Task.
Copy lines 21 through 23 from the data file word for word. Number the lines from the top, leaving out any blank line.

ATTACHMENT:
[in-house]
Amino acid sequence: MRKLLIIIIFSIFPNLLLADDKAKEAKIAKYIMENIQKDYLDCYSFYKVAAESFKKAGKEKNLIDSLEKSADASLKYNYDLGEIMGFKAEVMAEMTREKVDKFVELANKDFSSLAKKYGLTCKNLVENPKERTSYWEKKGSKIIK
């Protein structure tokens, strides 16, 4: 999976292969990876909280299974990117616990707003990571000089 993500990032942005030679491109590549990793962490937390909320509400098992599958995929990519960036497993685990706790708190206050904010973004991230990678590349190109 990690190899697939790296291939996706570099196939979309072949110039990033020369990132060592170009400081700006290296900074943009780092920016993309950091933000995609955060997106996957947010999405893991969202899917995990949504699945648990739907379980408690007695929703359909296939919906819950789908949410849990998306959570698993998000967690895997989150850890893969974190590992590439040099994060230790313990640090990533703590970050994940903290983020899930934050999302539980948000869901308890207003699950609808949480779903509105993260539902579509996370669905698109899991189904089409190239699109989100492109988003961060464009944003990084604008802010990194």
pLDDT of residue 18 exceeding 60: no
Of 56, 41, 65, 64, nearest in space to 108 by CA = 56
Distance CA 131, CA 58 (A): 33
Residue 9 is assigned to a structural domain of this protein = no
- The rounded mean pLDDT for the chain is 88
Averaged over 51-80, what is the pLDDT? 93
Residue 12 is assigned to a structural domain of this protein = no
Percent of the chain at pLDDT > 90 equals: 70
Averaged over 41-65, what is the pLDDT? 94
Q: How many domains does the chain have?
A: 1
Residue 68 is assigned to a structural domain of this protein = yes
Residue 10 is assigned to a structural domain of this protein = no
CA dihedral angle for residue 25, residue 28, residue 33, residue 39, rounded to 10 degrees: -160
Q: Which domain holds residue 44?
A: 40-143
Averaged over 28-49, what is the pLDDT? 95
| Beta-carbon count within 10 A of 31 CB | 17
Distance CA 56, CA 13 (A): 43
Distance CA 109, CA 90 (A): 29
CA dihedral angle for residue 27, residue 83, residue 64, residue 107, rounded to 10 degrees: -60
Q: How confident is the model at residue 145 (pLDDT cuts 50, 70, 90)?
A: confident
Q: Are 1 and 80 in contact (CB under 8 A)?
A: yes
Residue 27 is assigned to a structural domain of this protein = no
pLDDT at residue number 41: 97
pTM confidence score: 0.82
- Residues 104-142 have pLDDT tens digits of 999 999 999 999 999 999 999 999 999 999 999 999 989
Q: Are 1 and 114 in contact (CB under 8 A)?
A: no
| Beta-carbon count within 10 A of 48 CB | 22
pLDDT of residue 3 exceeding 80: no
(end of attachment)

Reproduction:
| Beta-carbon count within 10 A of 31 CB | 17
Distance CA 56, CA 13 (A): 43
Distance CA 109, CA 90 (A): 29